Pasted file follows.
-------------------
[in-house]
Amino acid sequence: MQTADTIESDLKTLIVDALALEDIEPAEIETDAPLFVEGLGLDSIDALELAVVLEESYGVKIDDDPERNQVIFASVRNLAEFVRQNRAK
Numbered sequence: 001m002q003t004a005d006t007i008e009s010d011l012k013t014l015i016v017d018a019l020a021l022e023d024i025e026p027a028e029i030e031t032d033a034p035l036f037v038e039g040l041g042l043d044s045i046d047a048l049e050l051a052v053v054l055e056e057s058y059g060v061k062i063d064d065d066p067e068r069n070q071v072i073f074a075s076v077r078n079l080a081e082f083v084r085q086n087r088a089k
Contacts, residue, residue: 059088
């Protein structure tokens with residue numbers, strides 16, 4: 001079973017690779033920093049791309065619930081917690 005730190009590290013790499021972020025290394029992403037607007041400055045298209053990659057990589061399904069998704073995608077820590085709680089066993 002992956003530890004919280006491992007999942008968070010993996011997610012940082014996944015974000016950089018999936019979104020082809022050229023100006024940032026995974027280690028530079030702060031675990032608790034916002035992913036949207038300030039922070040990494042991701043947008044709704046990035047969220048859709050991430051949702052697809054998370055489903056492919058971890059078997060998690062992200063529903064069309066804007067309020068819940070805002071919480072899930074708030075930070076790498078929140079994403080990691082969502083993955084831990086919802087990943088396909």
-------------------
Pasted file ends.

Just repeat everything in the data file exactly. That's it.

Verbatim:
[in-house]
Amino acid sequence: MQTADTIESDLKTLIVDALALEDIEPAEIETDAPLFVEGLGLDSIDALELAVVLEESYGVKIDDDPERNQVIFASVRNLAEFVRQNRAK
Numbered sequence: 001m002q003t004a005d006t007i008e009s010d011l012k013t014l015i016v017d018a019l020a021l022e023d024i025e026p027a028e029i030e031t032d033a034p035l036f037v038e039g040l041g042l043d044s045i046d047a048l049e050l051a052v053v054l055e056e057s058y059g060v061k062i063d064d065d066p067e068r069n070q071v072i073f074a075s076v077r078n079l080a081e082f083v084r085q086n087r088a089k
Contacts, residue, residue: 059088
């Protein structure tokens with residue numbers, strides 16, 4: 001079973017690779033920093049791309065619930081917690 005730190009590290013790499021972020025290394029992403037607007041400055045298209053990659057990589061399904069998704073995608077820590085709680089066993 002992956003530890004919280006491992007999942008968070010993996011997610012940082014996944015974000016950089018999936019979104020082809022050229023100006024940032026995974027280690028530079030702060031675990032608790034916002035992913036949207038300030039922070040990494042991701043947008044709704046990035047969220048859709050991430051949702052697809054998370055489903056492919058971890059078997060998690062992200063529903064069309066804007067309020068819940070805002071919480072899930074708030075930070076790498078929140079994403080990691082969502083993955084831990086919802087990943088396909």